Last week was Gartner’s annual symposium and IT Expo. For those of you not in IT (information technology), this is a mutual admiration society of professionals in the field and their enterprise customers — the people who purchase technology research from Gartner. Although the IT market has been lousy, Gartner still retains its influence, and quite often it can make things happen simply by predicting them. (In fact, that’s one of the reasons its clients hire the firm to do research). In the past, the Gartner seal of approval has provided good butt cover for the CIO or CTO looking to buy some new gear or deploy expensive software.
In some cases, Gartner’s predictions are so obvious that one wonders who the audience is for them: perhaps there is a community of sleeping beauties out there who are unaware that over the next decade, Moore’s Law will continue to hold, bandwidth will become more cost effective than computing, there will be a further consolidation of vendors, and most organizations will reap the benefits of applications that stretch across companies. Certainly *we* all knew that already. Who’s we? The people who make the information technology stuff; the people who buy the stuff; the people who write about the stuff. If we don’t know, we deserve to bring products to market that no one needs, pay too much for those software licenses, and draw the ire of our readers. The technology community is still very small (and uninteresting to the larger world outside) and probably doesn’t really need Gartner to make predictions at all. And the outside world is largely unaware of Gartner’s predictions.
However, there are some interesting social consequences that fall, either intended or unintended, out of those predictions. One is that we will finally reap the full benefits of technology through collaboration. Collaboration will make for more efficient supply chains, better customer service, greater transparency into earnings, and everything else its evangelists promise.
While the gains in productivity will undoubtedly increase profits ‘ finally–the down side is that we won’t need all the workers we currently employ. Thus, alongside productivity improvements, Gartner sees a shrinking workforce. As in agriculture, technology will reach a point where system automation substantially lowers labor requirements. Gartner’s strategic planning assumption is that enterprises transformed by the Internet are 70 percent likely to have 10 percent few workers by 2005 and 60 percent likely to have 30 percent fewer workers by 2010. This has been predicted by futurists and fought by unions for the past fifty years, but it looks like it’s about to happen. IT workers will not be needed in the future at the levels they are needed today; they will have obsoleted themselves. I don’t think parents who are forcing their daughters to take computer science know this.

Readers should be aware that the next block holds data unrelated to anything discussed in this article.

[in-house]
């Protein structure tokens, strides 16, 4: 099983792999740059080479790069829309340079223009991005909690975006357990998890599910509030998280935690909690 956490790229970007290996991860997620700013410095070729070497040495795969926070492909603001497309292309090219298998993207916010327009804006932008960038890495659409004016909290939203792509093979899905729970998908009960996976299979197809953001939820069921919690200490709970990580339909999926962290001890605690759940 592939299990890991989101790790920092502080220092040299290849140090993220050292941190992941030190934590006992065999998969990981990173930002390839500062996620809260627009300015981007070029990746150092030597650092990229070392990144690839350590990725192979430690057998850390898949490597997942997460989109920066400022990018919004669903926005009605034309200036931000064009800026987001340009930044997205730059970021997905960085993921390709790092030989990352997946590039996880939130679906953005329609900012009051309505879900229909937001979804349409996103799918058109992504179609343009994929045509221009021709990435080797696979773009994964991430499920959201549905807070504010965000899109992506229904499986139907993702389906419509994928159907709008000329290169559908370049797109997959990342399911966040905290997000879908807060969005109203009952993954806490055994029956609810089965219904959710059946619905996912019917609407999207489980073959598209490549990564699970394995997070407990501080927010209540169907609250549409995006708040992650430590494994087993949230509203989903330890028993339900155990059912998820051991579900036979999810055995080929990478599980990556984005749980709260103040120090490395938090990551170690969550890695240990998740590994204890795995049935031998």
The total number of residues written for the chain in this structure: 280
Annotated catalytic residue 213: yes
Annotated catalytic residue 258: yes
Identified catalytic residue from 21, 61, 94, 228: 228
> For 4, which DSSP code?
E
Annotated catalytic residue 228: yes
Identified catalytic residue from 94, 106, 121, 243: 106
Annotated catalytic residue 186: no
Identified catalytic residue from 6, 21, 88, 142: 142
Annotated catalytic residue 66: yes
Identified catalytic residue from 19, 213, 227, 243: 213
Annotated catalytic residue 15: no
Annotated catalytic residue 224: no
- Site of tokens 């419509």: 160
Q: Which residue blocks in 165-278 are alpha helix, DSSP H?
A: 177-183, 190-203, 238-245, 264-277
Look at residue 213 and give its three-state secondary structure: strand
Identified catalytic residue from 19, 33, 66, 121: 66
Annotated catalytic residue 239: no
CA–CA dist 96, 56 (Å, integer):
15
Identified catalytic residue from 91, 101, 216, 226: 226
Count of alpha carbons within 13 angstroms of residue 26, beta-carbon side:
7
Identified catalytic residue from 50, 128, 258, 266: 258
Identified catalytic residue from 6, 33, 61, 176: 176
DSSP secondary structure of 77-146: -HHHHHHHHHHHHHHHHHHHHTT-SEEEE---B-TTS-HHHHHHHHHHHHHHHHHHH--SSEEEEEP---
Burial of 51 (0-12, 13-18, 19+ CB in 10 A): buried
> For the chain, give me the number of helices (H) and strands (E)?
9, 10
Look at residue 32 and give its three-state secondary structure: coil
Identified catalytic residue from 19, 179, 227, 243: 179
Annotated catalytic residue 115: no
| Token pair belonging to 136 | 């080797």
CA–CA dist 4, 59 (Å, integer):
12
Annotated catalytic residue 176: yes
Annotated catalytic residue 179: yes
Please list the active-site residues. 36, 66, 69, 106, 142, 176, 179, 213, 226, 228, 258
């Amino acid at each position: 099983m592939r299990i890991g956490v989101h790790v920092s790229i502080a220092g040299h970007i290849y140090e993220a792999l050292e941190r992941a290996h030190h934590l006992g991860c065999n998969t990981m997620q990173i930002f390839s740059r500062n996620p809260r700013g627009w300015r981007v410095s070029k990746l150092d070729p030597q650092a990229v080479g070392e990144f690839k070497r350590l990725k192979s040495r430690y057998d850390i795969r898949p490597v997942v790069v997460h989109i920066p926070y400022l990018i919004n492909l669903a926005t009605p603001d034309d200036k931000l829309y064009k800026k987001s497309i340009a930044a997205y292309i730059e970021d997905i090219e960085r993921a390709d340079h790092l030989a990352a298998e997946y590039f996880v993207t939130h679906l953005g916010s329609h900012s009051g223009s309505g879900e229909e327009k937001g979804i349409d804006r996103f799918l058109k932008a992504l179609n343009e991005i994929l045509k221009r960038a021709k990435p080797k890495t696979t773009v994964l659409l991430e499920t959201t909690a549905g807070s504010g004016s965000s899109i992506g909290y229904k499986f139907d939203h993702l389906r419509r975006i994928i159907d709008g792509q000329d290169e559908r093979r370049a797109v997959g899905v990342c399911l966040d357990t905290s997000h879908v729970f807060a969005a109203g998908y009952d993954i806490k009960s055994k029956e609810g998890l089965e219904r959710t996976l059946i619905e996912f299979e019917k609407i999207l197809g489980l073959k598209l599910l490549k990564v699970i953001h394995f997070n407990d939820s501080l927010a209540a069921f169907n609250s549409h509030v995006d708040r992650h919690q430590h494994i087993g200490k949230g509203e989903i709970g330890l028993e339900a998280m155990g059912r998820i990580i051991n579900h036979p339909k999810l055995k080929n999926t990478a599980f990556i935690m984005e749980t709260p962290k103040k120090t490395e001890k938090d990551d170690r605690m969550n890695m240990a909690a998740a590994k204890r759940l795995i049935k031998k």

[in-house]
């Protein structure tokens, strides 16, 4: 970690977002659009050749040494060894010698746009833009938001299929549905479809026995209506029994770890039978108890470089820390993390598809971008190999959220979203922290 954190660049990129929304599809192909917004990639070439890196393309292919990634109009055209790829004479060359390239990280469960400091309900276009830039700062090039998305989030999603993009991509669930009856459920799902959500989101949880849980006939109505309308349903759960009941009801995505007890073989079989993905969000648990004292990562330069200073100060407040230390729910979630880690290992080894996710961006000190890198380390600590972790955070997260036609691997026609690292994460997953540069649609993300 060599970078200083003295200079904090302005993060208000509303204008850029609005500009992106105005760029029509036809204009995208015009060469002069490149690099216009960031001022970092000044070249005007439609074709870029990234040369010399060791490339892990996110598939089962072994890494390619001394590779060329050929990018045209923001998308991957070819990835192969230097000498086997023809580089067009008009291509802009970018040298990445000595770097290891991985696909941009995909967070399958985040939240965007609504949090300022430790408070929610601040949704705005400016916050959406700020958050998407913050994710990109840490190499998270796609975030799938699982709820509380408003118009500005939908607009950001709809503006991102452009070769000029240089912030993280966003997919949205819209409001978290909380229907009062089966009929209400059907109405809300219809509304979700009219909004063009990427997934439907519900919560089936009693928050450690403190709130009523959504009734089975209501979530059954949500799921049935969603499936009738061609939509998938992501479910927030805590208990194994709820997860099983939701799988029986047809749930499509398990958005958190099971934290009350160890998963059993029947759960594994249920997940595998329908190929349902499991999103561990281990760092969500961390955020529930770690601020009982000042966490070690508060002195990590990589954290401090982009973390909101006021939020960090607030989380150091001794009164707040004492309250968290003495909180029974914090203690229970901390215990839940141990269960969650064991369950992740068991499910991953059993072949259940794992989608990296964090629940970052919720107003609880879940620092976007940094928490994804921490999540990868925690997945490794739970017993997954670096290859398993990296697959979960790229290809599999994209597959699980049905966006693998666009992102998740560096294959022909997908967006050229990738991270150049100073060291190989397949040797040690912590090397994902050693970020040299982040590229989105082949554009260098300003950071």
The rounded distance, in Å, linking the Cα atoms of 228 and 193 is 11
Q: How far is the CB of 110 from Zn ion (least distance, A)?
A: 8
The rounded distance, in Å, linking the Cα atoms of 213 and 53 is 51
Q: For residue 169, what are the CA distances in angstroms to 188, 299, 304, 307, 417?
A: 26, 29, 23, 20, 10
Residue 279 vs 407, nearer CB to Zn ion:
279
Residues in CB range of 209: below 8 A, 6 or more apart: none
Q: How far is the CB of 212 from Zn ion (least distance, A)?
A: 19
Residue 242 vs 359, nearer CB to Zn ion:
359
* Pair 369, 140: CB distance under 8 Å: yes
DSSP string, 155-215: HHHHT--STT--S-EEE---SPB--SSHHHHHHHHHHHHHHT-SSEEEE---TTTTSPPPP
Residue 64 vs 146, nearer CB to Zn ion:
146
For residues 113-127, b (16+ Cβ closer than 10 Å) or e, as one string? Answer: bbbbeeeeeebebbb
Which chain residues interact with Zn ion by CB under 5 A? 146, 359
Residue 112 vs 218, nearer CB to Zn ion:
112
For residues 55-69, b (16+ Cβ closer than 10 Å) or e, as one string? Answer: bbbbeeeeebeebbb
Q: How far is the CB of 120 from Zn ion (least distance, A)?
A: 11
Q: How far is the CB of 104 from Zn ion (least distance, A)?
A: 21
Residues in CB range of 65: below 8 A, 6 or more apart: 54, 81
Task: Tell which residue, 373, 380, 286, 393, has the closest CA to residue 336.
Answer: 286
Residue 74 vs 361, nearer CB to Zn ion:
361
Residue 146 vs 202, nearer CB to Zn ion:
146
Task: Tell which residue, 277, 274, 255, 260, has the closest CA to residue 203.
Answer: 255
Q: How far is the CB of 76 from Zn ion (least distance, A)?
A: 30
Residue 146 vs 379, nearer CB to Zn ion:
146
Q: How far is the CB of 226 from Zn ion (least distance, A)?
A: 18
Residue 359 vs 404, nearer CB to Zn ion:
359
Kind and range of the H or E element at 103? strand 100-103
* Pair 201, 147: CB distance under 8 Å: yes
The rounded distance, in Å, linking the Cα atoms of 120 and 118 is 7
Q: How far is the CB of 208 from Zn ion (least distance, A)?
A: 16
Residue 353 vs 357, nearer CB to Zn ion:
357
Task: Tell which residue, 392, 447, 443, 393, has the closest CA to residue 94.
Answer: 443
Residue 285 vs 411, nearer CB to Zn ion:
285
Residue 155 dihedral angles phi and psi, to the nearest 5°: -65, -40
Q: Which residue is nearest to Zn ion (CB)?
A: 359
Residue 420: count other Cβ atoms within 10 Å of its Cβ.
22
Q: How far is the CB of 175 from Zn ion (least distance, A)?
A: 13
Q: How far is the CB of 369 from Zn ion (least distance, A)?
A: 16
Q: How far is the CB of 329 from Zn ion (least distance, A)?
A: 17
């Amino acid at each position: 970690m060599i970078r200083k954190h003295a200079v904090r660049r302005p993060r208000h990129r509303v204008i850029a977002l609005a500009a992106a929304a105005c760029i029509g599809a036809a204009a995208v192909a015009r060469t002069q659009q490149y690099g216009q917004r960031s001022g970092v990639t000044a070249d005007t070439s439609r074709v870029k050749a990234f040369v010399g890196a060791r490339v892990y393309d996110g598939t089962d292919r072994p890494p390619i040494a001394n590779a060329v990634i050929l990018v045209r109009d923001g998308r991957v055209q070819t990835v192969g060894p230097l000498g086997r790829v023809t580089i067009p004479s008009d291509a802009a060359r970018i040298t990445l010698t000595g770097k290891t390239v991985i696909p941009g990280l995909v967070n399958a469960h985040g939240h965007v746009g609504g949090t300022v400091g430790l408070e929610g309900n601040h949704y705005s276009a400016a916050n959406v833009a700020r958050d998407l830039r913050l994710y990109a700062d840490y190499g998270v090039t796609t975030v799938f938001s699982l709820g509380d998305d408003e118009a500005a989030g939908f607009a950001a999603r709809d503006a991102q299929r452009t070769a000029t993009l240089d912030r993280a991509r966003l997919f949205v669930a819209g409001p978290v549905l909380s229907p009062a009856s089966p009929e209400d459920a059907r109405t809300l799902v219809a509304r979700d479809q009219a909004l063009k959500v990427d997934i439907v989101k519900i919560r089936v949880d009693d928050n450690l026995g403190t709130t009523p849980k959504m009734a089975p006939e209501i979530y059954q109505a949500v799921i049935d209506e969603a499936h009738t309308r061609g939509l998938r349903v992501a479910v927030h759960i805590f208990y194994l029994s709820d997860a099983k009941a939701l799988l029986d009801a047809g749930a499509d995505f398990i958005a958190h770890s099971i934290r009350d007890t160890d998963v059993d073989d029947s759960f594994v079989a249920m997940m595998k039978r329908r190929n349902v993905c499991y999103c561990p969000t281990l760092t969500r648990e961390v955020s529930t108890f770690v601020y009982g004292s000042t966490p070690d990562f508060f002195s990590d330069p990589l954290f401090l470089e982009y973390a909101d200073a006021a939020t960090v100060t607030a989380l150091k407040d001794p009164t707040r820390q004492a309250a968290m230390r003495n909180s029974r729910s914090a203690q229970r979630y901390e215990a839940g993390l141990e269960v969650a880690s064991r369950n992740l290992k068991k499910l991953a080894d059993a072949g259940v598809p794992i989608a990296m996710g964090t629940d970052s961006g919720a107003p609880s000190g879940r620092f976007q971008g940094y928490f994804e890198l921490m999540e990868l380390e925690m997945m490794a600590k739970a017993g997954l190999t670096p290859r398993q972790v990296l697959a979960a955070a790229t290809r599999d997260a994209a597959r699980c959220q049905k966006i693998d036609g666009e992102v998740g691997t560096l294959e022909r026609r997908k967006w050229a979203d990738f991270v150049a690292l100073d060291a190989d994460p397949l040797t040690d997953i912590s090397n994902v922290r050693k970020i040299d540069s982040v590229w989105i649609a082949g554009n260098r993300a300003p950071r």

Following on that consequence comes the next one: there will be tremendous merger activity over the next few years, as customers collaborate, forcing their vendors to consolidate. The weakest companies in every space will have to sell out to their stronger competitors as the number of clients decreases and each potential client gets bigger.
A friend of mine has owned an online clearing house for merger and acquisitions activity for the past few years. During the glory days of the Internet, when everyone dreamed of an IPO, M&A was looked down upon. However, because most entrepreneurs in the future will probably exit through a sale or merger rather than through an IPO, and because collaboration and productivity gains will force mergers, it’s now probably a good idea to invest in a subscription to The Tech DealMaker at http://www.webmergers.com and begin to understand how M&A works before you actually get there. (While WebMergers’ site is primarily devoted to research and information, it has just spun off a sister company to work the actual deal flow, which is expected to accelerate again shortly. This is an area in which I hope personally to become more involved.)
The last Gartner prediction that interests me is the one about bandwidth being less costly than computing. This means we can develop peer-to-peer networks and share unused cycles instead of buying supercomputers. So will we all be on grids, and will our unused computing cycles be employed to find cures for deadly diseases? You wish. More likely, we will be trading first run movies and music in defiance of the current copyright laws.